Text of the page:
The City of Whitehorse has accelerated the installation of the long-planned ‘easy ride’ routes through the municipality.
The network will serve a number of suburbs in Melbourne’s east that have been something of an arid zone for bike friendly connections.
As the routes are on carefully chosen, quiet local streets with mostly low-traffic and low-speed, the need for serious engineering is minimal.
None-the-less, some local residents have trotted out the usual chaff of insubstantial objections.
In this case there might be an explanation for misunderstanding as the City is utilising less common road markings to designate the routes.
Although most bike riders know what sharrows are, even if they don’t much like them, non-riders could be startled by their sudden appearance in the neighbourhood.
Social media has revealed that some people worried that the symbols could mean bikes were banned from the street.
On this project the council is using sharrows, directional arrows and bike reminder signs to create ‘breadcrumbs’ to indicate to riders, drivers and residents where the routers are.
The expectation is that this will attract riders to preferentially use these routes, and will alert all road users that bikes will be frequently present along them.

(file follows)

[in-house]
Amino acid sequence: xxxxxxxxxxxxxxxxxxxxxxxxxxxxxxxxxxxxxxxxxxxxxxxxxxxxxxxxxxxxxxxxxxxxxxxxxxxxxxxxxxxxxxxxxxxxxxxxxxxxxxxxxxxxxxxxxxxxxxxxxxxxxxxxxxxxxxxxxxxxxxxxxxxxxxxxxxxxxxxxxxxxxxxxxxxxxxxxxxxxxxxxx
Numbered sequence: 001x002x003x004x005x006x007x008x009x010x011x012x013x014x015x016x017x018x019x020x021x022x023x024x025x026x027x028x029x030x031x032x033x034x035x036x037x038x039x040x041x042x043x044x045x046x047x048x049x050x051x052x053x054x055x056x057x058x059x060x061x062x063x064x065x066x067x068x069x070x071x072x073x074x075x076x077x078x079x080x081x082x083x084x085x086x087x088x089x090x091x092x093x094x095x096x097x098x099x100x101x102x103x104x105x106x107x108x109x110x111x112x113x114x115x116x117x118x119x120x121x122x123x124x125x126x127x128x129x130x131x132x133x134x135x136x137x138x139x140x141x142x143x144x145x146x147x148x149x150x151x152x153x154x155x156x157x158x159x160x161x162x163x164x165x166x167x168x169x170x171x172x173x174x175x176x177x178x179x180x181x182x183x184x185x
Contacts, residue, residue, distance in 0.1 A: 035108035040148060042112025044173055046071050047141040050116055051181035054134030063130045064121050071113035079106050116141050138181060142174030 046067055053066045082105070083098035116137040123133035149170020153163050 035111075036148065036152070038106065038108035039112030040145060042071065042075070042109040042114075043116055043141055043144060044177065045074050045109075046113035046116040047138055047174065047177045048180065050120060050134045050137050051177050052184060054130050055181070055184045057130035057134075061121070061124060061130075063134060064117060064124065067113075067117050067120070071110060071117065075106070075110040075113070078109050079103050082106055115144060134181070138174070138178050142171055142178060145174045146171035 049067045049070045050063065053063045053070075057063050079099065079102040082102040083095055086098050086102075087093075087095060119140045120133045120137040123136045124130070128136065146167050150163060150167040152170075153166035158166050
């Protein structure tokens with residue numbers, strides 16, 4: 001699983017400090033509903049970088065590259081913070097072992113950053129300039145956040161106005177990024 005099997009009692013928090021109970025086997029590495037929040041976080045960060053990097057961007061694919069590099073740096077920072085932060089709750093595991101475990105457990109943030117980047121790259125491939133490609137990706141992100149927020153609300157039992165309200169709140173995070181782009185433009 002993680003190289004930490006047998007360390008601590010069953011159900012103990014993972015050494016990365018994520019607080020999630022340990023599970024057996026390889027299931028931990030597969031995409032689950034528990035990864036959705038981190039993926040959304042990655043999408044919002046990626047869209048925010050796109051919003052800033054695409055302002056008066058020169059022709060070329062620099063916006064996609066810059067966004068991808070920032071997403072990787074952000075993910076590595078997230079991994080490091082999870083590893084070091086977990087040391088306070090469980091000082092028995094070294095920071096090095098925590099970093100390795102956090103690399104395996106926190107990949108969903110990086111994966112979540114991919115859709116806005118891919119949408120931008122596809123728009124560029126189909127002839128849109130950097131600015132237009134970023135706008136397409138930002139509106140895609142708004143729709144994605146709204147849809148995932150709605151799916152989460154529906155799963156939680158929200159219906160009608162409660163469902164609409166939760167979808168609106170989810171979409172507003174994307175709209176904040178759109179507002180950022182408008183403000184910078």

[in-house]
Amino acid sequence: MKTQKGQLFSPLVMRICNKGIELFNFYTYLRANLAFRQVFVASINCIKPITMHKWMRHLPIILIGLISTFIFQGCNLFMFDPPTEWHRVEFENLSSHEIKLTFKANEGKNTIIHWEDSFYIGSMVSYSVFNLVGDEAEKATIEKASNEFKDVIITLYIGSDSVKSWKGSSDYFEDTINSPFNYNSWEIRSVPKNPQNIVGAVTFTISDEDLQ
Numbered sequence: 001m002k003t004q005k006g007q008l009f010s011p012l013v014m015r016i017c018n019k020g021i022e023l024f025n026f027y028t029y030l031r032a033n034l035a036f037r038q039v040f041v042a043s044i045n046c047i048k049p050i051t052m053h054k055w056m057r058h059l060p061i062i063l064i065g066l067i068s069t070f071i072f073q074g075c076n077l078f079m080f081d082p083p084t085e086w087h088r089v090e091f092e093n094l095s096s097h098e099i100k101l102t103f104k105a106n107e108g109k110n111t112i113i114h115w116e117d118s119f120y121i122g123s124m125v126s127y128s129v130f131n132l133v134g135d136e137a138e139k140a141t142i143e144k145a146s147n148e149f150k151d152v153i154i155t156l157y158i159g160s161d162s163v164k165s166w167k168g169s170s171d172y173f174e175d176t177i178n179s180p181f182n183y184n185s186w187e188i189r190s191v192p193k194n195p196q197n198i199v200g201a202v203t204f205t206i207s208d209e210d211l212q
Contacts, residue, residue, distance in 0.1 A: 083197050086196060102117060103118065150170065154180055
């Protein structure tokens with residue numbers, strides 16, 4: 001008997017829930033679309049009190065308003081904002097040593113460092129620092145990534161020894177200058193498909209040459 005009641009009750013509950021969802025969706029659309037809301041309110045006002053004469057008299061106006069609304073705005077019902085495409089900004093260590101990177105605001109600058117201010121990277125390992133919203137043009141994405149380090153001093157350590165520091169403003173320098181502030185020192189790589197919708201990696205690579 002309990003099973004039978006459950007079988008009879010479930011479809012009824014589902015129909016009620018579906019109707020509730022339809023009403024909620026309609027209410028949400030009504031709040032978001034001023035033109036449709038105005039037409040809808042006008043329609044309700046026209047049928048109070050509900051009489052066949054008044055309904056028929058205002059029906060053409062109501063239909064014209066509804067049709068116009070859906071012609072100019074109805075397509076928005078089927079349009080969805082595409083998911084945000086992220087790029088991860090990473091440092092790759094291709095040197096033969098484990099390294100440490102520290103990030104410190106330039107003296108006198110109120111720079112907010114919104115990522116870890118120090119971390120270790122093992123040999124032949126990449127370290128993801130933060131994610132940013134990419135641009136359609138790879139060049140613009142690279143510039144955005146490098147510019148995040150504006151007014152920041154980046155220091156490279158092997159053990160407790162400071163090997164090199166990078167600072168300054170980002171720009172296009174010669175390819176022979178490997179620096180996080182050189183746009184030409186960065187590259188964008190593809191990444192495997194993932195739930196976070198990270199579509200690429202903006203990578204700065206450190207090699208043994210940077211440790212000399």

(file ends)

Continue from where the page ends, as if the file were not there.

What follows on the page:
Although these less formal bike route arrangements will become much more common through low-traffic streets in the future, there is not yet a legal and regulatory framework to support their use.
That will come soon enough.
In the meantime such ventures are worthy of support, especially in suburbs where bike riding potential is high but routes are thin on the ground
The first route, East-West 6, runs through Burwood and Burwood East. This route was completed in in early June 2021.
The second route, East-West 2, runs through Box Hill North, Blackburn, Nunawading and Mitcham.
The third route, East-West 4, runs through Mont Albert, Box Hill, Blackburn, Nunawading and Mitcham.
Try them out.
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